Why Is Small Business Saturday a Big Deal?

2 min read • Nov 27, 2013 • Ty Kiisel

The other day I had lunch with a long-time friend at a local restaurant he particularly likes. There are a dozen or so tables, but we were the only diners there that day. They obviously recognized him. There was no question he was a regular. We ended up talking about local small businesses and why it was important that we patronize them as much as we can.

He and I disagreed.

While neither he nor I are purists in this regard, our attitudes about where we choose to shop and were we don’t are motivated by very different things. “I don’t feel any compulsion to shop at a local small business unless they can offer me a better product at a better price,” he said.

Although I don’t exclusively shop at local small businesses I said, “I think we should seek out opportunities to shop local. It helps our local economy, creates jobs, and keeps our communities alive.”

“I don’t have an ideological compulsion to shop local,” he said.

I’ve never thought of it that way, but he’s right. If I have a choice, which we don’t for many things anymore, I try to pick the local option. If this isn’t the case for you, Small Business Saturday (the Saturday after Thanksgiving) is an excuse to step out of your comfort zone and spend a portion of your shopping dollars at a local merchant. American Express started the campaign in 2011 to promote the idea of “shopping small” to its cardholders. In fact, spend $10 or more and they’ll even give you $10 for the trouble.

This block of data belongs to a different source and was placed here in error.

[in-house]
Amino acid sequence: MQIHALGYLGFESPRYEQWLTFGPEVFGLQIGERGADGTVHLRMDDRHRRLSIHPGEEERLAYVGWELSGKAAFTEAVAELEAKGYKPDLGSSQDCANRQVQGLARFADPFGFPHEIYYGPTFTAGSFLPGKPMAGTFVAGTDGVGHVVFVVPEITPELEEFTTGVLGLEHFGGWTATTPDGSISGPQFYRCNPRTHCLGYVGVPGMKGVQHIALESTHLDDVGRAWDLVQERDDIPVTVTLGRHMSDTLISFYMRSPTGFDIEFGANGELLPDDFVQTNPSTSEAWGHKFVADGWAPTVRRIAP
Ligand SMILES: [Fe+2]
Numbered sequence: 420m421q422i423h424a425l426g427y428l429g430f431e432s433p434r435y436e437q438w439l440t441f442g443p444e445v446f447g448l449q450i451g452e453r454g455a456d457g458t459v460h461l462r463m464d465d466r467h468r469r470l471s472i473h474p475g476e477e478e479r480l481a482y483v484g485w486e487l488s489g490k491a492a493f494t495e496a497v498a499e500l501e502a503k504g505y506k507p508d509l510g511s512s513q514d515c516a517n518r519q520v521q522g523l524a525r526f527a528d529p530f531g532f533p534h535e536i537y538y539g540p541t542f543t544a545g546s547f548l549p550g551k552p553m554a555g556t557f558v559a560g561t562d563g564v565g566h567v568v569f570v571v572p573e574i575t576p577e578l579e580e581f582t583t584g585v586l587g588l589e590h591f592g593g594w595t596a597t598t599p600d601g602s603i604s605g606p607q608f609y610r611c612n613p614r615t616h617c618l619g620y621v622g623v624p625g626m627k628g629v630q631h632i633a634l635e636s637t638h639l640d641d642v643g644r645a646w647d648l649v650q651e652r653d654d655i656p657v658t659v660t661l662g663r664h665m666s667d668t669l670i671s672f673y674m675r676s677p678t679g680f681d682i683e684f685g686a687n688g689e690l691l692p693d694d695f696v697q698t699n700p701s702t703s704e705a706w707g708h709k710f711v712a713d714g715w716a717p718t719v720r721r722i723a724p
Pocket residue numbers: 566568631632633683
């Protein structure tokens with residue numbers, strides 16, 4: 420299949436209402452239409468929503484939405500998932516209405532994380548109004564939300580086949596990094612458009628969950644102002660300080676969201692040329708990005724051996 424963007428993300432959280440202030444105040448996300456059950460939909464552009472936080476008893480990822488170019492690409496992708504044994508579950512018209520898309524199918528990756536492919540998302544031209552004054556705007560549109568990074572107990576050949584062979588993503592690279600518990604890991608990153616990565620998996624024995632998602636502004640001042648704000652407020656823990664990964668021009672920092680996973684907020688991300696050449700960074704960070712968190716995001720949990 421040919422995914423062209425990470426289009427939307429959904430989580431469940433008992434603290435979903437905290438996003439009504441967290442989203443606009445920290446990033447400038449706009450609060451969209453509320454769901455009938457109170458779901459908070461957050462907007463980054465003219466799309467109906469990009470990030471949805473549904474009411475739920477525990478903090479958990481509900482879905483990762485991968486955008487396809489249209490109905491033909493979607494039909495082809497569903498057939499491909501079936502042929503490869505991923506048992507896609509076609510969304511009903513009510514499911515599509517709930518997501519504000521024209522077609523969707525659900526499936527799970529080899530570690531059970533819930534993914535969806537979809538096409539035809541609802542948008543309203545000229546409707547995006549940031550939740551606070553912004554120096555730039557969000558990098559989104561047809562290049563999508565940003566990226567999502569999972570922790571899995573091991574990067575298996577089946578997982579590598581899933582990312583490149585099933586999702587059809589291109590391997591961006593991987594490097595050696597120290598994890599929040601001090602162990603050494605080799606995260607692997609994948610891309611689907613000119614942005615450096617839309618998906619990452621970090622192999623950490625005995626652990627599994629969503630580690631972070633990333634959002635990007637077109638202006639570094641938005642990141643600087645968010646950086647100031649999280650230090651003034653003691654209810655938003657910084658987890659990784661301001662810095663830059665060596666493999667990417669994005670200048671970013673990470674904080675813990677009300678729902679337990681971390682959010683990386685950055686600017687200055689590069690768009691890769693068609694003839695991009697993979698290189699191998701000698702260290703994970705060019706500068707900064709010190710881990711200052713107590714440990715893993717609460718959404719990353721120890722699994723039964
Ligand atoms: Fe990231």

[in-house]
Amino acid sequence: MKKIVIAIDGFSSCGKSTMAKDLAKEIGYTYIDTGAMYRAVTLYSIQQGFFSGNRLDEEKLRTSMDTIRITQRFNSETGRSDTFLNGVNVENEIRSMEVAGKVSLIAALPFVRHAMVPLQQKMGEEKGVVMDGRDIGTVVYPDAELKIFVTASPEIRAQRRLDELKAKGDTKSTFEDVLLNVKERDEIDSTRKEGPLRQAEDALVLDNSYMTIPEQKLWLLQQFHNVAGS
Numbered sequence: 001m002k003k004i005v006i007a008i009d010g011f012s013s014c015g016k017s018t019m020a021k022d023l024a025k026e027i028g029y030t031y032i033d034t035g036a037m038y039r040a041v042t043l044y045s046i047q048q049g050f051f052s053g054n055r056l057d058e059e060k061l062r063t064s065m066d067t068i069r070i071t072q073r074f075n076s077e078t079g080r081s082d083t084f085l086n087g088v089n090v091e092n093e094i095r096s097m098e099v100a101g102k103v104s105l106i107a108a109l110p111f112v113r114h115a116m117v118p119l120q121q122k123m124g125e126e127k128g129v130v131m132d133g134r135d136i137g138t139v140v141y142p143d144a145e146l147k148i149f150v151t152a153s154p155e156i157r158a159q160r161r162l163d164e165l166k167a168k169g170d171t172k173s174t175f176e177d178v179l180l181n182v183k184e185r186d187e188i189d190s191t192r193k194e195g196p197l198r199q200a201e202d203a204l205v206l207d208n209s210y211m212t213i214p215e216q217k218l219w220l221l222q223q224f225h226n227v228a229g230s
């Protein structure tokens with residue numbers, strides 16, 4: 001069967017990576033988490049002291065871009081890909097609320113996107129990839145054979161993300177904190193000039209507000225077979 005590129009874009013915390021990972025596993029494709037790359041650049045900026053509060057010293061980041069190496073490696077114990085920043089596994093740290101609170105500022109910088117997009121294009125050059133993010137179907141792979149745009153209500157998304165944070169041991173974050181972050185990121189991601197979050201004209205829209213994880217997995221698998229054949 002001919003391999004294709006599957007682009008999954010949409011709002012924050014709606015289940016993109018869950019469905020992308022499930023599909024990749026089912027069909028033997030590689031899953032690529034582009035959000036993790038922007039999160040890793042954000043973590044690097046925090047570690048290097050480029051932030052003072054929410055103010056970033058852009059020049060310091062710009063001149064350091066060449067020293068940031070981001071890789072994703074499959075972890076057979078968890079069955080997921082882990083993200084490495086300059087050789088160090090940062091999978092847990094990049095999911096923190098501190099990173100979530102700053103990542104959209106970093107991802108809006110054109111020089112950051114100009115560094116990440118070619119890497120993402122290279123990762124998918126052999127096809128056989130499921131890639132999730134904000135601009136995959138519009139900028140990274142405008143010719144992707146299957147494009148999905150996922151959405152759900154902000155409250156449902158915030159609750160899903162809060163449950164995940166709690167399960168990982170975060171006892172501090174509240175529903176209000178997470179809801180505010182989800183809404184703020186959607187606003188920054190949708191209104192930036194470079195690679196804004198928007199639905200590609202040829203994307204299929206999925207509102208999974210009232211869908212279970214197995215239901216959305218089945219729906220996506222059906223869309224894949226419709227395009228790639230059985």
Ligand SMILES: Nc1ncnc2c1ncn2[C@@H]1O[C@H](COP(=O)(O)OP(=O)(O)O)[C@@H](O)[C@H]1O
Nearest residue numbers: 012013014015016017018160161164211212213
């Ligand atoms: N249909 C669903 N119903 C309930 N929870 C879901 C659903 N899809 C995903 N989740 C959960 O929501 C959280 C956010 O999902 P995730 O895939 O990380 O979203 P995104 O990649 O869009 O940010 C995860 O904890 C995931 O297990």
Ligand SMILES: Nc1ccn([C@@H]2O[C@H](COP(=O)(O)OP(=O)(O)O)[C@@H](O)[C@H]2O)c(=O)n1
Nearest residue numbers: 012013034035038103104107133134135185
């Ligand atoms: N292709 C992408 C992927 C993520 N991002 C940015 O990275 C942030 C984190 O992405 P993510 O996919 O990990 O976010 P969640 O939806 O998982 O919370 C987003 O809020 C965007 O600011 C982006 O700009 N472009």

I think that’s worth spending a buck or two at a local merchant on Small Business Saturday.

That said, the $10 you get from American Express is the least of the reasons I think shopping at local businesses is a great idea. Here are two of them:

  1. Two out of every three new jobs in our country are created in these small Main Street-type businesses
  2. Roughly half of the workforce works there—you might even work in one of them

In addition to the two reasons mentioned above, I like the way I’m treated, I like the idea that I’m helping keep a local business alive, and it just feels good. It’s probably because I’ve been in their shoes before, but I’m OK with that.

This coming Saturday, wherever you are, find a local business that makes sense and spend a few bucks there. You’re likely going to be out shopping anyway, why not support one of your neighbors?


Ty Kiisel

Small business evangelist and veteran of over 30 years in the trenches of Main Street business, Ty makes small business financing and trends accessible in common sense language devoid of the jargon.